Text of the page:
Records dispute extends Doolittle investigation |

Records dispute extends Doolittle investigation

Emma Garrard/Sierra Sun file photoRep. John Doolittle, R-Rocklin, is running for reelection in California's 4th District, while under investigation by the Federal Bureau of Investigation.

AUBURN ” A three-month-old legal wrangle with the Department of Justice over subpoenas seeking extensive records from U.S. Rep. John Doolittle’s last 11 years in office is clouding any outcome from its three-year-long investigation of the District Four congressman.

Doolittle, who has denied doing anything wrong, said constitutional issues in the subpoenas could take “one or two years” to be resolved ” delaying further any resolution revolving around the investigation.

“It’s a major constitutional confrontation,” Doolittle said.

But a Republican congressional challenger is calling on Doolittle to do what he considers the right thing, hand over the requested records, and take a step toward “clearing the ethical cloud that hangs over our party.”

“Personally, I’ve seen enough already,” Eric Egland said. “When it comes to honoring the public trust, ethics and honesty require going beyond the letter of the law.”

Doolittle, R-Roseville, and five members of his staff were subpoenaed by the Justice Department in late September. Doolittle has been linked to jailed lobbyist Jack Abramoff but has contended that he has done nothing wrong.

During an April search of his Virginia home, FBI investigators removed records and a computer related to the bookkeeping business of Doolittle’s wife Julie. She had worked for Abramoff and also worked for Doolittle as a fundraiser, receiving a 15 percent commission.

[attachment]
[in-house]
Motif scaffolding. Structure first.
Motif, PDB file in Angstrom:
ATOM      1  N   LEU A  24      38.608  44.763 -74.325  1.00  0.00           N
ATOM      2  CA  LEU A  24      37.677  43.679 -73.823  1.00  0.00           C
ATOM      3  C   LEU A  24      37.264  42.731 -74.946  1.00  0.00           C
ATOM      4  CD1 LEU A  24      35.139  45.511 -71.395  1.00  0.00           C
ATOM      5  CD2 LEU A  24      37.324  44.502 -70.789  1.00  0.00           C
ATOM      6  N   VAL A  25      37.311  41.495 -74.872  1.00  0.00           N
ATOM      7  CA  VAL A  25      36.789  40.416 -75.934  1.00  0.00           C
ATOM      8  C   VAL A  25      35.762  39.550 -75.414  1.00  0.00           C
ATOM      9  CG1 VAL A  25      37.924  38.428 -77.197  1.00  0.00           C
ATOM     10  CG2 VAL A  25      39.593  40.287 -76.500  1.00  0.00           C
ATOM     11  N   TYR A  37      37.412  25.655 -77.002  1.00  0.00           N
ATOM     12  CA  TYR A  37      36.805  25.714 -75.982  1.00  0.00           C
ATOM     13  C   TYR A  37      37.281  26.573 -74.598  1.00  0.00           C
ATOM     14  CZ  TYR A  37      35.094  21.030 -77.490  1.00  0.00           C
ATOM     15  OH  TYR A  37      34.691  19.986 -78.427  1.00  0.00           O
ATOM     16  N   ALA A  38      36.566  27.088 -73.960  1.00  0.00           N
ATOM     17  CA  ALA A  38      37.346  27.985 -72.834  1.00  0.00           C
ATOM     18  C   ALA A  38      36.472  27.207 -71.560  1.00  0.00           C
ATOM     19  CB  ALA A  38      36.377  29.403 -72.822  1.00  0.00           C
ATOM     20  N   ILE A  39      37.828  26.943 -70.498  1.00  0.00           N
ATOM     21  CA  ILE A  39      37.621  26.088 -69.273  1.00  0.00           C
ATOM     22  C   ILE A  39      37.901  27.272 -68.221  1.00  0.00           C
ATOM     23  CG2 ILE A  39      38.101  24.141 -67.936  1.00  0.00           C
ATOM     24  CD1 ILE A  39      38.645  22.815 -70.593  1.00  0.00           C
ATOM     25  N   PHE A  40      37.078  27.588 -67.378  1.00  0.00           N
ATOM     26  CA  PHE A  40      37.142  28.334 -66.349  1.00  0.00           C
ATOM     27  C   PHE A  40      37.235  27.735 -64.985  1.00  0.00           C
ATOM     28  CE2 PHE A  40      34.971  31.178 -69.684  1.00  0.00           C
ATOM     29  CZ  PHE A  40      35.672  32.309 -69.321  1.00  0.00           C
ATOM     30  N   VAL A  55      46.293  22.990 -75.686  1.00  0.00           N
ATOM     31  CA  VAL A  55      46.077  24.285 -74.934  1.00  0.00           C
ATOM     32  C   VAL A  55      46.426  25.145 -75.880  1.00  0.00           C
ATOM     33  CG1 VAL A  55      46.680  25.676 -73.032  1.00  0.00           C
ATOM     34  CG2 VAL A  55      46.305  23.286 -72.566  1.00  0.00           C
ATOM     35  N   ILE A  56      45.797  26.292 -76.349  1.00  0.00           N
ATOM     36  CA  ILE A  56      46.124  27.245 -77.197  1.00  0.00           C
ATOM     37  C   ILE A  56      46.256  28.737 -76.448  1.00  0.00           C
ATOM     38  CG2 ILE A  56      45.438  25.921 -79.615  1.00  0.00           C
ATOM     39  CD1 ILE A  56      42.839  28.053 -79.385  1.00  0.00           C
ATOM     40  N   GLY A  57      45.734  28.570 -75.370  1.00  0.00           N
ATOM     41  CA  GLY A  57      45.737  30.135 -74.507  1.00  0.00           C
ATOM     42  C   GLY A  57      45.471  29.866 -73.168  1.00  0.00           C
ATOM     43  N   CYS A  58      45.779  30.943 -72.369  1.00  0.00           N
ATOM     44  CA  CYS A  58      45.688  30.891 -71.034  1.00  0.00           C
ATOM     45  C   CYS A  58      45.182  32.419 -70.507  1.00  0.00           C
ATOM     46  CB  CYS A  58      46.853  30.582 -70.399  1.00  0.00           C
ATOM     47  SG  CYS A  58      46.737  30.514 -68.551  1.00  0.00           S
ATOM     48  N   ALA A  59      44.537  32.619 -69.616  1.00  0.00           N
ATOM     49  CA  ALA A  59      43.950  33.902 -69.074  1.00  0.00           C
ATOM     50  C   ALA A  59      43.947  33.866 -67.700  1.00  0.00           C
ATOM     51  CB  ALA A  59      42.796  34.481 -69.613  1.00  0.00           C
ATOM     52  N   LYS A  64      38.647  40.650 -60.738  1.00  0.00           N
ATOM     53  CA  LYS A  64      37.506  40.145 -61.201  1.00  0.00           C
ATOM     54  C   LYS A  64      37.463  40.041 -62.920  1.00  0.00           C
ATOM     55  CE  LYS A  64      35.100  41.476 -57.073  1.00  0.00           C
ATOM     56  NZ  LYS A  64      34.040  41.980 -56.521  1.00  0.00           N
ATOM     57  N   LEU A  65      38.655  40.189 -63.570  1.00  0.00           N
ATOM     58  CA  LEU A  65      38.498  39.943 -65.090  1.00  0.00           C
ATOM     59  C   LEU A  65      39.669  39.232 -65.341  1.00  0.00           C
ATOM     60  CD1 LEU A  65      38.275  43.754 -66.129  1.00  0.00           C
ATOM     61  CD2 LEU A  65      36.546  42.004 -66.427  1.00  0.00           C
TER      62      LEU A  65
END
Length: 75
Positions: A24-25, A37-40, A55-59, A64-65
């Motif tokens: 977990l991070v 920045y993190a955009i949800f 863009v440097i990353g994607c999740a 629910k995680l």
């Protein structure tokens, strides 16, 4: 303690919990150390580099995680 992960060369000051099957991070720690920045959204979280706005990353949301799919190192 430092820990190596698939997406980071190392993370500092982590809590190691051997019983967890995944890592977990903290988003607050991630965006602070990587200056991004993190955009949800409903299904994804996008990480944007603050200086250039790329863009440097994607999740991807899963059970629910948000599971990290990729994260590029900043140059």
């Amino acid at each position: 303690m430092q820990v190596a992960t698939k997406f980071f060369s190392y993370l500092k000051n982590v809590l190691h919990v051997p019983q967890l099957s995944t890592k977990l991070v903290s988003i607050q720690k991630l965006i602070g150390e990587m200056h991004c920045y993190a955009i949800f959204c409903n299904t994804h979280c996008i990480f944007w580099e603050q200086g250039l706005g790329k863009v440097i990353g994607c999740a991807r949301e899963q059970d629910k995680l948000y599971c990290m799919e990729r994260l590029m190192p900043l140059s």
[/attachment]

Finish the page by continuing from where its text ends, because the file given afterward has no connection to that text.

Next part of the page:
Doolittle described the September subpoena as a “fishing expedition.” He contends that after three years and no evidence released to suggest he had committed a crime, the department should end the probe and clear his name.

“They’re desperately scratching for any fig leaf to justify the millions of dollars in taxpayer money that they’ve wasted,” Doolittle said.

After the September subpoenas were issued, Doolittle attorney David Barger said the move raised serious constitutional issues on the separation of powers and that his client would work to protect Congress’ rights. Barger said in September that investigators were asking for “virtually every record, including legislative records, for the congressman for the past 11 years.”

Egland, a Roseville Republican running for the party’s District Four nomination, criticized Doolittle’s legal stance.

“Separation of powers is essential to our government,” Egland said. “So is honest service from our public officials.”

Egland said that while attorneys may be able to delay federal investigators from using some congressional records as evidence, “there is still a way for John Doolittle to expedite this case and bring it closer to a speedy conclusion.

“Doolittle should give his consent to let the investigators do their job,” Egland said. “He may have the right to hide behind congressional privilege, but if he has nothing to hide, he should waive his right and bring closure to the investigation.”

Todd Stenhouse, spokesman for Democratic Party candidate Charlie Brown, said that the legal issue will be sorted out eventually.

“The simplest reaction from our perspective is that the judicial process will run its course,” Stenhouse said. “The bottom line is what’s best for this district. The simple fact is there are a lot of issues in Congress.”

Brown remains focused on the security needs of the country, reining in the spending and producing results the people in the district desire on issues like energy dependence, veteran after-care and responsible use of taxpayer dollars, he said.

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